N.J. native left home to become chief rabbi to 400 Slovak Jews

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MINNEAPOLIS (JTA) — Baruch Myers, the chief rabbi of Slovakia for the past five years, has experienced both pleasure and pain in the course of his duties.

He feels satisfied about helping enhance observance among the remnant Jewish community in Slovakia; on the downside, Myers has been physically assaulted twice on the street by teenage skinheads.

Despite such events, the Chabad rabbi remains determined to walk freely through the Slovakian capital of Bratislava as an identifiable Jew — with a full beard, fedora hat and visible tzitzit.

"The more I do that, the safer I feel," Myers said during a recent visit to the United States. "I try to make my presence known — I try to make people understand that they have to get used to me."

When he arrived in Slovakia, Myers thought he would devote all his time to the religious needs of the Jews in Bratislava, but the New Jersey native soon discovered that attaining visibility in the larger society was a goal worth pursuing.

"The higher the profile the community has, the safer we are," said Myers, who is married and the father of six.

The Ronald S. Lauder Foundation, which is rebuilding Jewish institutions throughout Eastern Europe, supports the kindergarten in Bratislava run by the rabbi's wife.

The American Jewish Joint Distribution Committee is also a major benefactor of the community, dispensing cash relief to elderly Jews, sponsoring kosher meals and supporting Jews living in smaller Slovak cities. Support also comes from the Slovak government, which, as is the case in other European countries, disburses grants to religious institutions.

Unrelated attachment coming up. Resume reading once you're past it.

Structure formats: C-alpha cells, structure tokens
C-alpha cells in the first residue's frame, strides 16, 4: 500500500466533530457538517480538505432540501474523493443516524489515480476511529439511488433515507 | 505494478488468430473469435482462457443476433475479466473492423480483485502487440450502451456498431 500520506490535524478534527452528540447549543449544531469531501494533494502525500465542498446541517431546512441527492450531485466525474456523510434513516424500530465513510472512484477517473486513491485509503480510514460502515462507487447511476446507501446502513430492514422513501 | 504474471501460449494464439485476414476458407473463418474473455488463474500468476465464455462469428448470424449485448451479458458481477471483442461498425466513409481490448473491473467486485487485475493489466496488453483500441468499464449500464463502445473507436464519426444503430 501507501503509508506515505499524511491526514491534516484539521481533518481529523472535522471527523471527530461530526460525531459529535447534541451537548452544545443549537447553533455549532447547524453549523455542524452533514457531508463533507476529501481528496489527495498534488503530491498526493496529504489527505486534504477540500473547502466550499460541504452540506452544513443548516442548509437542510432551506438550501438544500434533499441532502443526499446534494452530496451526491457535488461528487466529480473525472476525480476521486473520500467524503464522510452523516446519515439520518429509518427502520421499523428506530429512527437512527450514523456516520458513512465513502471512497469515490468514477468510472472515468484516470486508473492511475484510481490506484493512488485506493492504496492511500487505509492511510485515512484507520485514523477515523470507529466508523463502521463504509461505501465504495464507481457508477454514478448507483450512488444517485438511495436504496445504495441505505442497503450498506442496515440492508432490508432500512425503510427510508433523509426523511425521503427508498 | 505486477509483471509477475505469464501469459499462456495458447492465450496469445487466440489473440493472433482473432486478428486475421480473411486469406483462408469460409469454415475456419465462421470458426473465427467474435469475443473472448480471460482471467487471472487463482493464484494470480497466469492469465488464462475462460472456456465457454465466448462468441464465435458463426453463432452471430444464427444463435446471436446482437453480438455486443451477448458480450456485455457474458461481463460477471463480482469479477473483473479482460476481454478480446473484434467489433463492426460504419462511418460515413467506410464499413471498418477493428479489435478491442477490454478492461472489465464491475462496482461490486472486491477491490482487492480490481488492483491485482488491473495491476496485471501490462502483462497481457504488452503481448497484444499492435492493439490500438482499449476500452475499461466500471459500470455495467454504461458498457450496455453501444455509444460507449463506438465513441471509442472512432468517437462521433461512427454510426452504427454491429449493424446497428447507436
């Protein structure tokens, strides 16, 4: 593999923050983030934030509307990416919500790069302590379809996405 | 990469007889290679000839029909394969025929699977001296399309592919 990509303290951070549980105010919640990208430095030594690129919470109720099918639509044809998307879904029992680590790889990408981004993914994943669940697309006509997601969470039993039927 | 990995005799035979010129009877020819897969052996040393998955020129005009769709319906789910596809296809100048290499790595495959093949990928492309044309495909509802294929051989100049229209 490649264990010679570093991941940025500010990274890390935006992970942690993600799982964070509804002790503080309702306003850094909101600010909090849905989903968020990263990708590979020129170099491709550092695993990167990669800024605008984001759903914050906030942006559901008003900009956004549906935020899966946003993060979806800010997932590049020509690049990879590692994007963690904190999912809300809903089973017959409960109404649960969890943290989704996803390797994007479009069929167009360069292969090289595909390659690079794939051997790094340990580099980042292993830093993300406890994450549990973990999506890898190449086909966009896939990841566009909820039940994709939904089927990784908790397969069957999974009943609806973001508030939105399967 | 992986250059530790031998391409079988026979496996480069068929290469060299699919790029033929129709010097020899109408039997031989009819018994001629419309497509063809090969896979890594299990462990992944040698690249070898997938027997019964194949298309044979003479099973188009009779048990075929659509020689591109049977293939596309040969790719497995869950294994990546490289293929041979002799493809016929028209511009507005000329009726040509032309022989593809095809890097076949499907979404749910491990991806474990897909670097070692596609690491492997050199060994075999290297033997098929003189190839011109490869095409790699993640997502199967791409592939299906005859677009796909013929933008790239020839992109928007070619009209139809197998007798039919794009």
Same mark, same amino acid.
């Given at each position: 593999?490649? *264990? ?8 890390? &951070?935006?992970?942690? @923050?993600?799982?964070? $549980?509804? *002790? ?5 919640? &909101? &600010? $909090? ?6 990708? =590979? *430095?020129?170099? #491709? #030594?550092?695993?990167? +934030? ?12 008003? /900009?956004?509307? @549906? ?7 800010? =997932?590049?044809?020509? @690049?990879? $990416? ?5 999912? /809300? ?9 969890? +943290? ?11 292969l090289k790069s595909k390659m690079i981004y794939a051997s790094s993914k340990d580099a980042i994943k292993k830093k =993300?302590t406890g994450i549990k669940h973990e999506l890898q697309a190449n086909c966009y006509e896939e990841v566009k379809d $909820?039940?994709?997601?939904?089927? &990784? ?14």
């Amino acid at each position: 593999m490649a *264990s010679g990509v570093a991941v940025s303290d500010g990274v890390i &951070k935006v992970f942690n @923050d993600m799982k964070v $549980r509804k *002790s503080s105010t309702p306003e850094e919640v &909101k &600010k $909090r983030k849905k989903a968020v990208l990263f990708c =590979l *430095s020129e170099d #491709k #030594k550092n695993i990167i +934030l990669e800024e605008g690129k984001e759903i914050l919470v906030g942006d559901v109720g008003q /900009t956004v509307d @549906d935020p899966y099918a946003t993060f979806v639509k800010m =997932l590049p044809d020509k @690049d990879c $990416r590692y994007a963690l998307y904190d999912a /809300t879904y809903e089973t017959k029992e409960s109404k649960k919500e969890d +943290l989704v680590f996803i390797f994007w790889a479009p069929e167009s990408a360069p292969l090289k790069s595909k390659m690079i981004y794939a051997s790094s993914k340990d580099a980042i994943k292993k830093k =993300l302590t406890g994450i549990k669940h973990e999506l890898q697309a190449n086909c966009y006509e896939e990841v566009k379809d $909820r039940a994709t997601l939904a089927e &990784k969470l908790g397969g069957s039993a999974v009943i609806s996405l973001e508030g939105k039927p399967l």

A graduate of the University of Michigan, where he majored in music theory and composition, Myers deepened his Jewish observance while in college. He said that he was "always seeking a strong Jewish identity."

In 1989, he completed his studies at a Lubavitch yeshiva and was ordained as a rabbi. After three years of post-rabbinic study in Leeds, England, Myers learned of an opening for a rabbi in the newly independent Slovakia, which had split off from the former Czechoslovakia.

Myers was searching for a challenge — something that would engage his creativity as music had — and he has found it in Slovakia.

The Jewish community officially numbers only 400 there — 70 percent of which are 70 years old or older. Another 400 people participate in some communal events, and perhaps hundreds more simply refuse to identify publicly as Jews.

In the 19th century, Bratislava was the center of Austro-Hungarian Orthodox Jewry. And famous rabbis are associated with its yeshiva, notably Moshe Sofer Schreiber, known as the Chatam Sofer.

But repression followed. During the Holocaust, some 70,000 Jews from Slovakia were deported to Nazi death camps, never to return.

Large waves of Jewish emigration to Israel occurred in 1948, and again after the Prague Spring in 1968 when travel restrictions were loosened.

While there was Jewish repression throughout the communist era, Myers said, "the Holocaust really is the deepest imprint that you find on people's mentality."

Now, a resurgent Slovak nationalism — which attempts to rehabilitate the name of Father Josef Tiso, the nation's murderous leader during World War II — is accompanied by crude expressions of anti-Semitism.

What truly concerns Myers is that government officials in Slovakia take an "over-tolerant attitude towards manifestations of racism and anti-Semitism and ultra-nationalism." The result is a strained relationship between the government and the Jewish community.

Nevertheless, Myers and his family plan to continue to live and work in Bratislava. "I have an overriding concern whenever possible to teach and help people further their Judaism."